Monthly Archives: December 2011
Happy New Year!
If travel is in the cards in 2012, check out Taschen’s 4 Cities, a box set of 12 volumes covering hotels, restaurants and shops in London, Paris, New York and Berlin.
In the meantime, have a wonderful New Year’s and I’ll see you back here on Tuesday!
The year of the short story
With each passing year, my attention span wanes and my reading list gets more abbreviated. Thankfully next year is already being dubbed “The Year of the Short Story,” perhaps in response to those like me who are short on time and long on commitments.
Another piece of good news: We don’t have to wait until 2012 to jump feet first into the short fiction fray. Chris Power of the Guardian has compiled a list of the top short stories published this year and he contends that there were some fantastic short reads if you knew where to look. Check it out.
And for those of you who are too time poor to read the article, I feel your pain. Here’s the recommended list:
1. Alice by Judith Hermann (Clerkenwell Press)
2. All the Lights (And Other Stories) by Clemens Meyer
3. The Angel Esmeralda: Nine Stories by Don DeLillo (Picador)
4. The Beautiful Indifference by Sarah Hall (Faber and Faber)
5. Best European Fiction 2012 edited by Aleksandar Hemon (Dalkey Archive)
6. Best British Short Stories 2011 edited by Nicholas Royle (Salt)
7. The Granta Book of the African Short Story edited by Helon Habila (Granta)
8. It Was Just, Yesterday by Mirja Unge (Comma Press)
9. Long, Last, Happy: New and Selected Stories by Barry Hannah (Atlantic)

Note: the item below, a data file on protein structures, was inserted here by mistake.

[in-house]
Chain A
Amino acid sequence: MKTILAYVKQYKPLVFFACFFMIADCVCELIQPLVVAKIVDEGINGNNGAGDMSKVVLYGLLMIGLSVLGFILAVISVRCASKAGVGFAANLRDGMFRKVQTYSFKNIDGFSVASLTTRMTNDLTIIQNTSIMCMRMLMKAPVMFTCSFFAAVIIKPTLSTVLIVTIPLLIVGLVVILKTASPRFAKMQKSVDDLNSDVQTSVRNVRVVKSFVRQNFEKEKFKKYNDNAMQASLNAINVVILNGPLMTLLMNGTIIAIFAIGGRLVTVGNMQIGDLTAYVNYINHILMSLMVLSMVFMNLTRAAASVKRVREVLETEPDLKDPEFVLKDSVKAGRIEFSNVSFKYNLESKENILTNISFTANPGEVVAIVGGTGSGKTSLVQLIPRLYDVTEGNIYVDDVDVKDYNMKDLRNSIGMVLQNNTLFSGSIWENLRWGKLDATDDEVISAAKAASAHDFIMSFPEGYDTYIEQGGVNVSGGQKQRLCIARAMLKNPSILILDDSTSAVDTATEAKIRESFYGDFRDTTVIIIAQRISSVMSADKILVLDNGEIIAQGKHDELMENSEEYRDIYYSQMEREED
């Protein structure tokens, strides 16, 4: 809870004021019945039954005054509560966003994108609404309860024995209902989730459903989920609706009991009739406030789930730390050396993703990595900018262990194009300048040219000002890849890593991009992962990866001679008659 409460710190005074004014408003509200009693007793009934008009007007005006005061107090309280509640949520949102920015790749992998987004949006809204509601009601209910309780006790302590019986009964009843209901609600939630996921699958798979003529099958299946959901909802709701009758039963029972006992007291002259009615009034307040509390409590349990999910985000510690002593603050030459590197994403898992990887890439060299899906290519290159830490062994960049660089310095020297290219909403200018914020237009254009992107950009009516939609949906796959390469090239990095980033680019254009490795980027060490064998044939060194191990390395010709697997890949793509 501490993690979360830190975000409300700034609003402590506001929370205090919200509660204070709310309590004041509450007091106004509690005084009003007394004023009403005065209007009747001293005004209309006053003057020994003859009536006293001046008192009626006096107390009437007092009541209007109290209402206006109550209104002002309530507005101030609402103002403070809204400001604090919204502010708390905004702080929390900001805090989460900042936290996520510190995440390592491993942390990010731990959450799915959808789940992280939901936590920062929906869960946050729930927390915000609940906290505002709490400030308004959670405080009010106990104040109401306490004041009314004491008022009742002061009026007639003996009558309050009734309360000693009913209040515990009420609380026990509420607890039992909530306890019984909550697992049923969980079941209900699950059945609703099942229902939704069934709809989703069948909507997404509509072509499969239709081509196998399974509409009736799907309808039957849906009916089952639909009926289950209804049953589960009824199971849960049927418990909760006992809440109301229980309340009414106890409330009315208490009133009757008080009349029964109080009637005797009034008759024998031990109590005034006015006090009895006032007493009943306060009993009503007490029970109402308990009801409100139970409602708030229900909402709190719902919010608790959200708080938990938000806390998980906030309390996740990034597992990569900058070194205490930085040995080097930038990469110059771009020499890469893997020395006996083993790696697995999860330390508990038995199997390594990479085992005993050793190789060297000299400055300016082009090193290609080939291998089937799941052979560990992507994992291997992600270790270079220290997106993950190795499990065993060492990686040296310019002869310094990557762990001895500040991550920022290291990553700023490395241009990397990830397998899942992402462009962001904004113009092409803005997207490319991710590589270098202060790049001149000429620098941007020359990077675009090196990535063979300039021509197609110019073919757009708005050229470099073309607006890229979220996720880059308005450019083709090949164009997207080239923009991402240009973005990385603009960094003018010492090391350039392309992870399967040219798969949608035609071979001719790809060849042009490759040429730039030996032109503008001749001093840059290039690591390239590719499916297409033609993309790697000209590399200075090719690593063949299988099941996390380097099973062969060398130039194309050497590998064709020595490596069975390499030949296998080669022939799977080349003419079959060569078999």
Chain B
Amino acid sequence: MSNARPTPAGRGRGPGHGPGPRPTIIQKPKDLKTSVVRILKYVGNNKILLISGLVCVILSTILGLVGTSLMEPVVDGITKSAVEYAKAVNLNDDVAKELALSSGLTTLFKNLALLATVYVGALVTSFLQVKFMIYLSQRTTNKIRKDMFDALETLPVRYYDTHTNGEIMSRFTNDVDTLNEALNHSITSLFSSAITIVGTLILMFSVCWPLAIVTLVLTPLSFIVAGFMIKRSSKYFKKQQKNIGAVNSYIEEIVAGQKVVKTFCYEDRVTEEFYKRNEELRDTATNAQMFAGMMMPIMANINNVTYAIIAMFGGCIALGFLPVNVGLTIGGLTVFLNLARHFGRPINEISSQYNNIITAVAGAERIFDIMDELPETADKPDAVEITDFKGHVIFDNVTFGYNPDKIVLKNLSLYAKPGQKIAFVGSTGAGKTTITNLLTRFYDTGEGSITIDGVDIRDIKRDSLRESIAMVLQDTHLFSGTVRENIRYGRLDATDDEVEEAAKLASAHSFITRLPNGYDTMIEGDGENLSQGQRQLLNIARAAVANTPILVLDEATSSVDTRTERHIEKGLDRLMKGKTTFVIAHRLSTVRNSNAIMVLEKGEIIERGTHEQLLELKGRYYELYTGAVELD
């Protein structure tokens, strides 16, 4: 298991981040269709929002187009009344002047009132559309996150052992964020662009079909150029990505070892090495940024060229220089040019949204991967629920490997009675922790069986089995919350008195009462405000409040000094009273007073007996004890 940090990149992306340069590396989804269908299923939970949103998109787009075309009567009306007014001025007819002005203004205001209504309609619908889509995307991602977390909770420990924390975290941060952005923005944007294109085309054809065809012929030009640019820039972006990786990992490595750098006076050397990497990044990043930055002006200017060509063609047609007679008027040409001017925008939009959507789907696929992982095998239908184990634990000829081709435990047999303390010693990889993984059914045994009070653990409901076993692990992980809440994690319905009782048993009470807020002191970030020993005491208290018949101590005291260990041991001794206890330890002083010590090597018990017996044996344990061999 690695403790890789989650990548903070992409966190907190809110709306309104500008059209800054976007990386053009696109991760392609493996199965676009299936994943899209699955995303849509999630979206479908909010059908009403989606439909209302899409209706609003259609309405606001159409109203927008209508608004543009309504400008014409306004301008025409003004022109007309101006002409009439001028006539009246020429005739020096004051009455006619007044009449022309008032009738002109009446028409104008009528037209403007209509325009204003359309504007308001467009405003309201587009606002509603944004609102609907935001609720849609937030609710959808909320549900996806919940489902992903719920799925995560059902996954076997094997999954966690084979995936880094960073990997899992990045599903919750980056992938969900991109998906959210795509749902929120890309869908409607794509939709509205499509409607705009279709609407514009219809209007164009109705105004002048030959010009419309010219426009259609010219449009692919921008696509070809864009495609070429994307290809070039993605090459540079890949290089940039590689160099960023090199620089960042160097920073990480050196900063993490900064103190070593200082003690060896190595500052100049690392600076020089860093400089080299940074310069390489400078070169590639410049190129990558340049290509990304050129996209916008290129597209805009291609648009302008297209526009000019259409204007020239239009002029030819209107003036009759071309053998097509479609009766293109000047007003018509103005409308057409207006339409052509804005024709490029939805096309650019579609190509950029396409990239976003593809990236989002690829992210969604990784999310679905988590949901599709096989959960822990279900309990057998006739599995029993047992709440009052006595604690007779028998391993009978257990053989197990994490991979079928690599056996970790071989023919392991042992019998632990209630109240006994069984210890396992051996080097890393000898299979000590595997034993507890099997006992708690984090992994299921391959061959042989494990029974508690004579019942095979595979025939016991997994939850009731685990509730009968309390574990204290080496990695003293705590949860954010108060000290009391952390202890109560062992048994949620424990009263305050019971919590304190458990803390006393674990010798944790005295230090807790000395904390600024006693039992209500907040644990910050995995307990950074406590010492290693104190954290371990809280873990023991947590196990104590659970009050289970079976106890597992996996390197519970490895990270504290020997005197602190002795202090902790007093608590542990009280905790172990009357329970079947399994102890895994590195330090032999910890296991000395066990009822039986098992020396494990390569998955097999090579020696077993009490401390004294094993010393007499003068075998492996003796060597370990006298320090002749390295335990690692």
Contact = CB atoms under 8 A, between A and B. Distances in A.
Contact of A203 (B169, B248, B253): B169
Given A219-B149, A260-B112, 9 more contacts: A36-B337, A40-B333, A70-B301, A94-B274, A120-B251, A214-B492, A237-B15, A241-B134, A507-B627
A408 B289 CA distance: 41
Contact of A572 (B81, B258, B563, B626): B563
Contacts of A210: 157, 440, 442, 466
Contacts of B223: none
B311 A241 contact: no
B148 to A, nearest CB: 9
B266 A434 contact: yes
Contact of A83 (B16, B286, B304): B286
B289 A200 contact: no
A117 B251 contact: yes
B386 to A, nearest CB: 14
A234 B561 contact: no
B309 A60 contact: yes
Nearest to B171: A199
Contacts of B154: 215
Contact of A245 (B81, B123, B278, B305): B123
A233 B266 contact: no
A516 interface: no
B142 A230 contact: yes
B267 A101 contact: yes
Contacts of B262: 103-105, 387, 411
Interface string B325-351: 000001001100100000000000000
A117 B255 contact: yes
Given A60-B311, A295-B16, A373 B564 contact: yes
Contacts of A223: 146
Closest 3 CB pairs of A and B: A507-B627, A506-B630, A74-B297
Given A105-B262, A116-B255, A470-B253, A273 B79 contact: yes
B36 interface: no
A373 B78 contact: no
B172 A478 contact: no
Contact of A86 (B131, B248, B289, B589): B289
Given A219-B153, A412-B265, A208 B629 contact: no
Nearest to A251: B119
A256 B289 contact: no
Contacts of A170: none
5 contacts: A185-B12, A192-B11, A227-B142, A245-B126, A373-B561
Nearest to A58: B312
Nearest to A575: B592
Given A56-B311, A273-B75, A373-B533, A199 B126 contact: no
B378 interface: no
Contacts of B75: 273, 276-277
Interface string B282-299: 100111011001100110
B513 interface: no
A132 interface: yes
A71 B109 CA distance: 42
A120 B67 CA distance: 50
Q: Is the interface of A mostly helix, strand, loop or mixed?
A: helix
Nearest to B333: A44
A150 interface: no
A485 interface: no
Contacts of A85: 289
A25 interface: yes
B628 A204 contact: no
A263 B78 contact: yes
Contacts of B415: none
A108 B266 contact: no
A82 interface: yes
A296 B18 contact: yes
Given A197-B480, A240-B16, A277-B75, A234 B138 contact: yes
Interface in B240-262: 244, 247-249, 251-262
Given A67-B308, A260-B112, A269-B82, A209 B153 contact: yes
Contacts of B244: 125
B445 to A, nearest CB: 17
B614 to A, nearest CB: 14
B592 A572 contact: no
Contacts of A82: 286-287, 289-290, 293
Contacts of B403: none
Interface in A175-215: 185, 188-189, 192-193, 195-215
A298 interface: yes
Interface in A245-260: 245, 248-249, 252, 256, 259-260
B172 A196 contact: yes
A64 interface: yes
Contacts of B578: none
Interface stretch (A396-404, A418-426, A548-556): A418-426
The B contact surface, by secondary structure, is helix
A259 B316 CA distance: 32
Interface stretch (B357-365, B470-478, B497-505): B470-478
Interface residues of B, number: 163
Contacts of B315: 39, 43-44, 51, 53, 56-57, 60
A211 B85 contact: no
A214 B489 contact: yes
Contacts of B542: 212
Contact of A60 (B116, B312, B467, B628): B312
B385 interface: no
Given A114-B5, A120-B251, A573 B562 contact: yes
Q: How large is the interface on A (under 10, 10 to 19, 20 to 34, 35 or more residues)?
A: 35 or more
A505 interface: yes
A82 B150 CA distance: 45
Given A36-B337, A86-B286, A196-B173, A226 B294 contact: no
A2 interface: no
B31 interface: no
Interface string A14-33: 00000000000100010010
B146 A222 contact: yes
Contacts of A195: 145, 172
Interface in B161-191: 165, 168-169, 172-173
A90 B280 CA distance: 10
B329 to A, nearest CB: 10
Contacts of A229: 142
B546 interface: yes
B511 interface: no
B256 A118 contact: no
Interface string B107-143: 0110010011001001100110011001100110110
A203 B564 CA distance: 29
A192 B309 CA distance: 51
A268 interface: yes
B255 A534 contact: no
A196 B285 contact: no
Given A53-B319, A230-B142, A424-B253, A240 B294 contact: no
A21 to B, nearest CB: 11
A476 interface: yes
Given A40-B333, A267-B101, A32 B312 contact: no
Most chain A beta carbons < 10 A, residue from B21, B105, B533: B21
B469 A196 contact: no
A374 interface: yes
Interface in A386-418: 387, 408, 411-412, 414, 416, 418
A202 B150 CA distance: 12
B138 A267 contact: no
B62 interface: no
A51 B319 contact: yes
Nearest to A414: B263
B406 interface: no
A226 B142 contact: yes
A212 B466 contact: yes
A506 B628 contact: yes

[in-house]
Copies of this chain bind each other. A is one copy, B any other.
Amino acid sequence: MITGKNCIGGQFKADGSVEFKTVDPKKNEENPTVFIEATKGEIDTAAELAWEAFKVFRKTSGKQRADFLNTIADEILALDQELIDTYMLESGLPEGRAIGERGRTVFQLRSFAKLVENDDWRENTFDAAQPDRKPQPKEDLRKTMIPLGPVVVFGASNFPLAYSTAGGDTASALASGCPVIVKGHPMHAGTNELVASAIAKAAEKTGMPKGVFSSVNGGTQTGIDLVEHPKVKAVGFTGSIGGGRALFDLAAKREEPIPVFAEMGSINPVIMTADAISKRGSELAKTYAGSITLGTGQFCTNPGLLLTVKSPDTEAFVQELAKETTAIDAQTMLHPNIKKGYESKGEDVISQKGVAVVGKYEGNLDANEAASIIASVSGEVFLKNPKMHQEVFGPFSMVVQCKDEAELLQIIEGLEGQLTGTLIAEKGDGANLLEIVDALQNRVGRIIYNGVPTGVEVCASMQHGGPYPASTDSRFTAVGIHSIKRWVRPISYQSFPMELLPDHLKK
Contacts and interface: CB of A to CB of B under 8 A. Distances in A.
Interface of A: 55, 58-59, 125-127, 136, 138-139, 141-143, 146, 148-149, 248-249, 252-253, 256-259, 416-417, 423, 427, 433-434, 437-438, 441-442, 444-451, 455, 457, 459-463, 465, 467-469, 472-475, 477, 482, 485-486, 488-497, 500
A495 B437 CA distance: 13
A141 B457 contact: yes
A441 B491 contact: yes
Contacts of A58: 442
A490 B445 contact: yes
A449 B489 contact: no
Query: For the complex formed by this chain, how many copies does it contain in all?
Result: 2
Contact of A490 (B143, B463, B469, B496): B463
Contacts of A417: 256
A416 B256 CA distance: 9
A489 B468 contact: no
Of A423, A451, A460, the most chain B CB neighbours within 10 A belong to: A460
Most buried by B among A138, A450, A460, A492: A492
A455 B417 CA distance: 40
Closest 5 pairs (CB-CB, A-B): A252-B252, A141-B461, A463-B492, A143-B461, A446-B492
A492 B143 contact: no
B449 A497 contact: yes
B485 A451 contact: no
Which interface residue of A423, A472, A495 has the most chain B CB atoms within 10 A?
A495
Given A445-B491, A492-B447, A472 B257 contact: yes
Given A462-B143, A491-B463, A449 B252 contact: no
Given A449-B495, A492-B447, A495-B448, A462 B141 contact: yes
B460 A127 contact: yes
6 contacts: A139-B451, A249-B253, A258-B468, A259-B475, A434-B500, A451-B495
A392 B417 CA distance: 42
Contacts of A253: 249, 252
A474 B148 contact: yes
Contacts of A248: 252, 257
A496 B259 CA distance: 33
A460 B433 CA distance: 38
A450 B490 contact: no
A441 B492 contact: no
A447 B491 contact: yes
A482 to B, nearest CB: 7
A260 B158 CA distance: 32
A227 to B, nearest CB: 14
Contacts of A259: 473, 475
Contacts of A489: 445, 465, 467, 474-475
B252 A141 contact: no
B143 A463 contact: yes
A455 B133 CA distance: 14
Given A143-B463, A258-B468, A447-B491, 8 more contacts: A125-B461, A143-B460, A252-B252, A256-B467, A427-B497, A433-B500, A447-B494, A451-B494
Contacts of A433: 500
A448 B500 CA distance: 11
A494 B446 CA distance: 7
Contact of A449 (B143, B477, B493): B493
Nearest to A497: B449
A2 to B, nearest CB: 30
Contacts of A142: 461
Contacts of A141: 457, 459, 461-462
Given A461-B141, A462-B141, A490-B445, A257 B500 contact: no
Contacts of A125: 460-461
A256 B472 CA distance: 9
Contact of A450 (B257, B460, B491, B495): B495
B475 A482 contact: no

10. Saints and Sinners by Edna O’Brien (Faber and Faber)
11. Scenes from Village Life by Amos Oz (Chatto & Windus)
12. The Suitcase by Sergei Dovlatov (One World)
13. We Others: New and Selected Stories by Steven Millhauser (Corsair)
I’m really loving this London’s Trafalgar Square shower curtain that I spotted on Joanna Goddard’s A Cup of Jo blog. It’s made of durable vinyl with metal grommet reinforced holes for hanging. Even better? It’s only $27 on Amazon.
Watching the English
My mother-in-law kindly bought me “Watching the English” for Christmas, a fantastic little book that actually breaks down the rules of English behavior (er, I mean behaviour). Subjects range from dress codes to driving, office-party rules to Christmas and New Year’s rules.
A must-read for anyone interested in a hilarious and truthful dissection of the English culture!
I’m loving the artwork of Brooklyn-based artist Wayne Pate. Particularly his U.K.-inspired prints and totes!
Check out his online shop!
Happy Boxing Day!
Happy Boxing Day!
Boxing Day? Well, yes. It is an honest to goodness holiday in Britain and aside from being one more guaranteed day off from work following the Christmas holiday (Dec. 26th is not a public holiday in the U.S.), it is also the official day of boxing up old toys, belongings and, you know, junk that we no longer use and box it up.
Or maybe that’s just us and how we celebrate the holiday.
In fact, there are a few theories about the origins of Boxing Day. Check out the Time Magazine story.
However you’re celebrating this special sleeper holiday, I hope it finds you smiling!
The Royal Christmas card
Have you seen Prince Charles and Camilla’s Christmas card this year?
The front of the card features the Prince of Wales’ crest and Camilla’s cypher. But inside is this photo jewel of Charles, Camilla and the Camilla’s 3-year-old granddaughter Eliza Lopes on the balcony of Buckingham Palace after the royal wedding of Prince William and Kate Middleton.